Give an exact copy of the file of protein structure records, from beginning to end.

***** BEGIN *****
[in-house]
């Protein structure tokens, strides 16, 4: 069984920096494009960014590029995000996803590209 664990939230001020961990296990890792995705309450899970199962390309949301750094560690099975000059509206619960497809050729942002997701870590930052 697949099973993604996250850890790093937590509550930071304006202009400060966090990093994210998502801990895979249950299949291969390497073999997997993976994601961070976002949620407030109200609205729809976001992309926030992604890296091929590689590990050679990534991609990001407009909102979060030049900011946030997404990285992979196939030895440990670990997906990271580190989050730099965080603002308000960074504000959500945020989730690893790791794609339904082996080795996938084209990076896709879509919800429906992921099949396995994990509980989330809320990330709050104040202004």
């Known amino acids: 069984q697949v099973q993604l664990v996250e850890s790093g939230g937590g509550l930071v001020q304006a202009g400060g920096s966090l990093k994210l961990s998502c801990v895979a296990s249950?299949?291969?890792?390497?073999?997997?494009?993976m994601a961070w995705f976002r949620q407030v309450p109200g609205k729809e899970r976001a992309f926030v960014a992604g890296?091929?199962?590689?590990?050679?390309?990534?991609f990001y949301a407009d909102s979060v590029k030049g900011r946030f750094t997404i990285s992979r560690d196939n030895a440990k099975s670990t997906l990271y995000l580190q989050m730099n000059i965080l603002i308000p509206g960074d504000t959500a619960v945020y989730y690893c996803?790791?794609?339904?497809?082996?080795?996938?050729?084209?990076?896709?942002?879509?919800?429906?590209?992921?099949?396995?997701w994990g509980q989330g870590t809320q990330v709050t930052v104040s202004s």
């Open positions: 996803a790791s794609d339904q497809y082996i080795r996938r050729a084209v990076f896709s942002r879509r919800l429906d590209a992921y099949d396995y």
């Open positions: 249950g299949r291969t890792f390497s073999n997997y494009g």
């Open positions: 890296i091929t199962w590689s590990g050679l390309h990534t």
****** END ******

[in-house]
């Protein structure tokens, strides 16, 4: 069984920096494009960014590029995000996803590209 664990939230001020961990296990890792995705309450899970199962390309949301750094560690099975000059509206619960497809050729942002997701870590930052 697949099973993604996250850890790093937590509550930071304006202009400060966090990093994210998502801990895979249950299949291969390497073999997997993976994601961070976002949620407030109200609205729809976001992309926030992604890296091929590689590990050679990534991609990001407009909102979060030049900011946030997404990285992979196939030895440990670990997906990271580190989050730099965080603002308000960074504000959500945020989730690893790791794609339904082996080795996938084209990076896709879509919800429906992921099949396995994990509980989330809320990330709050104040202004």
């Known amino acids: 069984q697949v099973q993604l664990v996250e850890s790093g939230g937590g509550l930071v001020q304006a202009g400060g920096s966090l990093k994210l961990s998502c801990v895979a296990s249950?299949?291969?890792?390497?073999?997997?494009?993976m994601a961070w995705f976002r949620q407030v309450p109200g609205k729809e899970r976001a992309f926030v960014a992604g890296?091929?199962?590689?590990?050679?390309?990534?991609f990001y949301a407009d909102s979060v590029k030049g900011r946030f750094t997404i990285s992979r560690d196939n030895a440990k099975s670990t997906l990271y995000l580190q989050m730099n000059i965080l603002i308000p509206g960074d504000t959500a619960v945020y989730y690893c996803?790791?794609?339904?497809?082996?080795?996938?050729?084209?990076?896709?942002?879509?919800?429906?590209?992921?099949?396995?997701w994990g509980q989330g870590t809320q990330v709050t930052v104040s202004s």
């Open positions: 996803a790791s794609d339904q497809y082996i080795r996938r050729a084209v990076f896709s942002r879509r919800l429906d590209a992921y099949d396995y």
């Open positions: 249950g299949r291969t890792f390497s073999n997997y494009g």
């Open positions: 890296i091929t199962w590689s590990g050679l390309h990534t």